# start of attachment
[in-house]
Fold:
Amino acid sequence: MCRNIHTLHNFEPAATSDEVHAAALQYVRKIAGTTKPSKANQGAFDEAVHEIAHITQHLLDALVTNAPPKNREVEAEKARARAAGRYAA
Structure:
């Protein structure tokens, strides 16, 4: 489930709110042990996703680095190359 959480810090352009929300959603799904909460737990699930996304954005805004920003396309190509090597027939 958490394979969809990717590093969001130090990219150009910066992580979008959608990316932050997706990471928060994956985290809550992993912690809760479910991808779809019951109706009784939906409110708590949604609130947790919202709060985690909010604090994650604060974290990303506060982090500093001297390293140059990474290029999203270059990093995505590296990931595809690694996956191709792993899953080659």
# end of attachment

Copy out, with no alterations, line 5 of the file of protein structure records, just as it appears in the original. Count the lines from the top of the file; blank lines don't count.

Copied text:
């Protein structure tokens, strides 16, 4: 489930709110042990996703680095190359 959480810090352009929300959603799904909460737990699930996304954005805004920003396309190509090597027939 958490394979969809990717590093969001130090990219150009910066992580979008959608990316932050997706990471928060994956985290809550992993912690809760479910991808779809019951109706009784939906409110708590949604609130947790919202709060985690909010604090994650604060974290990303506060982090500093001297390293140059990474290029999203270059990093995505590296990931595809690694996956191709792993899953080659």